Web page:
What's at stake in the 2021 election in Colorado
Off-year elections are typically low-interest, low-turnout and low-stakes contests.
- That's not the case this year.
State of play: The 2021 election will render major verdicts about the political landscape, population growth and appetite for taxes in Denver and statewide — and each holds major implications for the future.
Between the lines: The debate is embedded in the three statewide and 13 Denver questions on the November ballot — which gets mailed to voters today.
Three collective themes emerge:
- A new conservative strategy: The GOP holds fewer statewide offices in Colorado now than at any time since 1936, so Republicans are shifting directions to focus on winning ballot measures that call for lower taxes, school choice and tougher law enforcement.
- Denver's future: Our mid-tier city is looking for distinction but struggling with growth. A $450 million bond package would include a new arena and broader makeover, while an abandoned golf course is generating conflict about open space and development.
- Pot's promise: Two interests want a piece of the millions in tax revenue generated from legal marijuana — for statewide after-school learning programs and pandemic preparedness in Denver. The industry says higher taxes could hurt sales.
Details: The measures backed by conservatives appear on both state and local ballots.
- In Denver, measure 303 pushed by the Denver GOP leader would force the city to clean up illegal homeless camps and allow residents to sue if not cleared. And ballot question 304 proposes lowering and capping the city's sales tax at 4.5%, a $55 million annual tax cut and reduction in services.
- At the state level, Amendment 78 and Proposition 120 would respectively require most state dollars be spent through the legislature and lower certain property taxes. Proposition 119 would increase state marijuana taxes to 20% to generate $138 million for parent-selected student tutoring programs.
What they're saying: Tyler Sandberg, a GOP consultant who's working to pass Prop. 119, said the measures are part of a concerted strategy that builds on his party's success with two ballot questions in 2020.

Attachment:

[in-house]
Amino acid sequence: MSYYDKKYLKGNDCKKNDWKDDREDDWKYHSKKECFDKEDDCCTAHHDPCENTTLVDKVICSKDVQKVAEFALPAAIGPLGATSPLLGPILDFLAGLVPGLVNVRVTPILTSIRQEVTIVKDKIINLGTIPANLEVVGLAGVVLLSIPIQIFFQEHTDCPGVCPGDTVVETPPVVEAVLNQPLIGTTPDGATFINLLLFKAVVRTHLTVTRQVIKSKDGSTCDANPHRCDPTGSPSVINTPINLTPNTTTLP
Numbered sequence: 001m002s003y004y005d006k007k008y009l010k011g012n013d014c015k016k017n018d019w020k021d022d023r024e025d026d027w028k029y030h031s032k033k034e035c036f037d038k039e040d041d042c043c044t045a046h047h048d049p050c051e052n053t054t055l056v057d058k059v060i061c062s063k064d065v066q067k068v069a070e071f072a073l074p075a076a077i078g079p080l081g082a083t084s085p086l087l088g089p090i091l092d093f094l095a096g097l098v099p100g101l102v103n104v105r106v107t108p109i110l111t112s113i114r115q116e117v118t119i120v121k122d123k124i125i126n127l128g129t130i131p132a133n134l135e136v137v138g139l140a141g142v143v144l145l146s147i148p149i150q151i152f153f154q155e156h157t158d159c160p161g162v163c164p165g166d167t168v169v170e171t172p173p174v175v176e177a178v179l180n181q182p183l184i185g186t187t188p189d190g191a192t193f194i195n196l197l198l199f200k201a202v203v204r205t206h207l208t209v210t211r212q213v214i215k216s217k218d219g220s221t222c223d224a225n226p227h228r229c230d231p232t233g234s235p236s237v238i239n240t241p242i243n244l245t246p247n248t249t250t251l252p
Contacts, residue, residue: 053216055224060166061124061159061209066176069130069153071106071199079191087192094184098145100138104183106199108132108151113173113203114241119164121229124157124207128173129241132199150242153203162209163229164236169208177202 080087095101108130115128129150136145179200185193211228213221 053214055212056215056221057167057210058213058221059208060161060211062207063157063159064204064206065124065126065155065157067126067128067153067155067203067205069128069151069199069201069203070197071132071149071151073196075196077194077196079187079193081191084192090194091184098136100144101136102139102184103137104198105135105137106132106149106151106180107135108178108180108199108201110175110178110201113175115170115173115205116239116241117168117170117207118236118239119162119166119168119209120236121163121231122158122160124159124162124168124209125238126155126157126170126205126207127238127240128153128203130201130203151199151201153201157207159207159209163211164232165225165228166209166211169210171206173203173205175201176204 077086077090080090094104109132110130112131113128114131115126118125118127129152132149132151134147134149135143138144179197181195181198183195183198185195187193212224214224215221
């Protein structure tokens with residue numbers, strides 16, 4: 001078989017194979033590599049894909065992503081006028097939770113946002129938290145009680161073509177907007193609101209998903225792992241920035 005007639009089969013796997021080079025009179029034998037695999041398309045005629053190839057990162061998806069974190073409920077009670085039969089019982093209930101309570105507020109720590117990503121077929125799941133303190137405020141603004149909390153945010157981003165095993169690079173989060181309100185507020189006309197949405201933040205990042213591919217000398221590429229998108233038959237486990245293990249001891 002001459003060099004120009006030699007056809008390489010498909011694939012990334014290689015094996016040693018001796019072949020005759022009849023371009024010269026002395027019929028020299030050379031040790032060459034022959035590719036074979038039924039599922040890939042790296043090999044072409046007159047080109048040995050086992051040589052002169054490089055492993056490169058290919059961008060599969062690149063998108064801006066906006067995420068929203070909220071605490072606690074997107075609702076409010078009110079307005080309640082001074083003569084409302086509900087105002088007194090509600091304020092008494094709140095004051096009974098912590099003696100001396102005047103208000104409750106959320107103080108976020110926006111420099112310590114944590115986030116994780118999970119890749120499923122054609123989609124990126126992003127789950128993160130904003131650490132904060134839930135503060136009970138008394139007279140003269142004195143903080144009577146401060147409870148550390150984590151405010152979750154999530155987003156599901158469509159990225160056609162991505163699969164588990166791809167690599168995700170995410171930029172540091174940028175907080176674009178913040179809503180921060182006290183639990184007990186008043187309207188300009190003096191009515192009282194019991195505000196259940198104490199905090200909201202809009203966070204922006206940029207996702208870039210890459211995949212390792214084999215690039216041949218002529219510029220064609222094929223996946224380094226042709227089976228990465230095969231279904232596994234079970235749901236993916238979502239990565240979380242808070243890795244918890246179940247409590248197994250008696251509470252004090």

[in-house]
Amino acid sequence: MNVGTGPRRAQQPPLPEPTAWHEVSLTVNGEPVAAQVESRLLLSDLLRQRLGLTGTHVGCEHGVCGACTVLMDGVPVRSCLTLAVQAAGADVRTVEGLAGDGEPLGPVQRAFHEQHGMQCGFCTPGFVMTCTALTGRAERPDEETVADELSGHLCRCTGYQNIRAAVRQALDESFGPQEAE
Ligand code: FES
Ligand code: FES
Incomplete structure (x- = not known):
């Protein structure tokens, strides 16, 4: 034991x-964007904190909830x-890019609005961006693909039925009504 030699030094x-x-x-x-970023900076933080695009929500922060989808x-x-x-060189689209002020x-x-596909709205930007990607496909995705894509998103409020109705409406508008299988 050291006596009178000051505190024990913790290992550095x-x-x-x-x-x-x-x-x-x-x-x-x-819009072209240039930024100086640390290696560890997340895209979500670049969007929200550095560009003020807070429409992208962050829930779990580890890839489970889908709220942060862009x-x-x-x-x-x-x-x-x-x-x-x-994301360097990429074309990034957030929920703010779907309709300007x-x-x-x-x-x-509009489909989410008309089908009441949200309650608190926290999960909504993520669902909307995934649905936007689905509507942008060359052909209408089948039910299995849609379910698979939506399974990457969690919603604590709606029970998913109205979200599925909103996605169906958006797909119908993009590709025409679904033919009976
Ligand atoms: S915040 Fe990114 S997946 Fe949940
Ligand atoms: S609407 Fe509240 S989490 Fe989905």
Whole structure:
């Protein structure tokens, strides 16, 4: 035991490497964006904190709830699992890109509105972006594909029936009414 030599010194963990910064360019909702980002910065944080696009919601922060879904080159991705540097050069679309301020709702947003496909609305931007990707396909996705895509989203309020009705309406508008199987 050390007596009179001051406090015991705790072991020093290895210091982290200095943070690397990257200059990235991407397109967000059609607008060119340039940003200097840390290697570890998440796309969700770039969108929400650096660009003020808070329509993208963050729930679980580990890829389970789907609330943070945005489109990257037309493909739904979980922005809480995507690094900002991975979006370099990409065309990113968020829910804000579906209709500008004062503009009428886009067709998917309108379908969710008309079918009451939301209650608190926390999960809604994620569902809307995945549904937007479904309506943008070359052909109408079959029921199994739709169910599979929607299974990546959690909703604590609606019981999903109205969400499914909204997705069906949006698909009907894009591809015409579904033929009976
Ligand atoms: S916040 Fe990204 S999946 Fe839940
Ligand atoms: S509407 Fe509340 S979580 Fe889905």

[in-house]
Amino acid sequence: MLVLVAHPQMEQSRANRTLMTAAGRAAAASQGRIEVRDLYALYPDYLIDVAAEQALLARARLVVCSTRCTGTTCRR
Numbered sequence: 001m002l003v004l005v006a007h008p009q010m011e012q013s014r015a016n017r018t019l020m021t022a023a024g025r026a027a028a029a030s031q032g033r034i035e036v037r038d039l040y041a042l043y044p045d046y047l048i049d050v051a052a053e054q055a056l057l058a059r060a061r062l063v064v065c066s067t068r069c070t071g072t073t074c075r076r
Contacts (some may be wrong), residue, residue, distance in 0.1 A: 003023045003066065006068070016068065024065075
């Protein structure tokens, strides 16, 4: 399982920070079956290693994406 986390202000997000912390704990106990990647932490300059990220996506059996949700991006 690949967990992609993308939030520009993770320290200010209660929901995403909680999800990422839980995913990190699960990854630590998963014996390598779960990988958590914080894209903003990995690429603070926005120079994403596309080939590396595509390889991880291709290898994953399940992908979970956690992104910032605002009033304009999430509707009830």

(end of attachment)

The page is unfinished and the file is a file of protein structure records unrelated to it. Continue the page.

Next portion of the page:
- "Conservatives are here to play and engage in the ballot process in a way they haven't before," he said.
Details: The five bond questions in Denver, 2F to limit group housing and dueling 301 and 302 open space measures reflect a city that is split on how to grow.
What they're saying: Mayor Michael Hancock says the $450 million borrowed will help revitalize the city. The Park Hill Golf Course is a massive tract of land poised for new houses and shops. But neighborhood organizations want investment in current communities, not new development near them.
- "There are a lot of people saying they want to take a position and send a message to a lot of the big-money people," said former Mayor Wellington Webb, a supporter of 301 to preserve the Park Hill Golf Course space.
Details: Marijuana taxes are an easy target. In addition to the statewide tax hike, Denver ballot measure 300 would increase local cannabis taxes 1.5% and generate at least $10 million a year for pandemic research. The measure is being pushed by an organization outside of Colorado.
What they're saying: Mason Tvert, a marijuana industry leader, said it's hard for the industry to counter both measures and risk being against education or pandemic prevention.
- The measures "may be well intentioned, but they are really trying to capitalize on this very young and fragile industry," he said, suggesting it could push some buyers to the illegal market.
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